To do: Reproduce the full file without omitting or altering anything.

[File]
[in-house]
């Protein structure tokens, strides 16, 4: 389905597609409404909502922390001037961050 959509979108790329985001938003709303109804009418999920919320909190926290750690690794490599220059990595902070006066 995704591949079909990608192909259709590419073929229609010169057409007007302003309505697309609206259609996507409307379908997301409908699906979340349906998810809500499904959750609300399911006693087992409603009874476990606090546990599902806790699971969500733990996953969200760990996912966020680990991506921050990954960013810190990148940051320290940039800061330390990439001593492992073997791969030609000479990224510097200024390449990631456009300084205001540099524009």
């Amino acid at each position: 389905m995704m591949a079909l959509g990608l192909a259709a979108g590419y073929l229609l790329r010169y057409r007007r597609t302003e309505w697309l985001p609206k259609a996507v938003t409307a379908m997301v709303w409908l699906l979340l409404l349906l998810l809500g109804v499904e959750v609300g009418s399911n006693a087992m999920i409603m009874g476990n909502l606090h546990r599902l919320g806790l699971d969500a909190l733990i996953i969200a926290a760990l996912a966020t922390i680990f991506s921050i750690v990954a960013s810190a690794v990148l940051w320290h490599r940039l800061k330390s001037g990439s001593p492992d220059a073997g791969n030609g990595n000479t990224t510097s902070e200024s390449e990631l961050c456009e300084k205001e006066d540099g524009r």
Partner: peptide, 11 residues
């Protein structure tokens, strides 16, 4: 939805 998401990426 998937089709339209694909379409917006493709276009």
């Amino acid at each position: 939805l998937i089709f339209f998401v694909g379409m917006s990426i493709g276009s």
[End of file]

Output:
[in-house]
């Protein structure tokens, strides 16, 4: 389905597609409404909502922390001037961050 959509979108790329985001938003709303109804009418999920919320909190926290750690690794490599220059990595902070006066 995704591949079909990608192909259709590419073929229609010169057409007007302003309505697309609206259609996507409307379908997301409908699906979340349906998810809500499904959750609300399911006693087992409603009874476990606090546990599902806790699971969500733990996953969200760990996912966020680990991506921050990954960013810190990148940051320290940039800061330390990439001593492992073997791969030609000479990224510097200024390449990631456009300084205001540099524009």
């Amino acid at each position: 389905m995704m591949a079909l959509g990608l192909a259709a979108g590419y073929l229609l790329r010169y057409r007007r597609t302003e309505w697309l985001p609206k259609a996507v938003t409307a379908m997301v709303w409908l699906l979340l409404l349906l998810l809500g109804v499904e959750v609300g009418s399911n006693a087992m999920i409603m009874g476990n909502l606090h546990r599902l919320g806790l699971d969500a909190l733990i996953i969200a926290a760990l996912a966020t922390i680990f991506s921050i750690v990954a960013s810190a690794v990148l940051w320290h490599r940039l800061k330390s001037g990439s001593p492992d220059a073997g791969n030609g990595n000479t990224t510097s902070e200024s390449e990631l961050c456009e300084k205001e006066d540099g524009r």
Partner: peptide, 11 residues
């Protein structure tokens, strides 16, 4: 939805 998401990426 998937089709339209694909379409917006493709276009």
């Amino acid at each position: 939805l998937i089709f339209f998401v694909g379409m917006s990426i493709g276009s």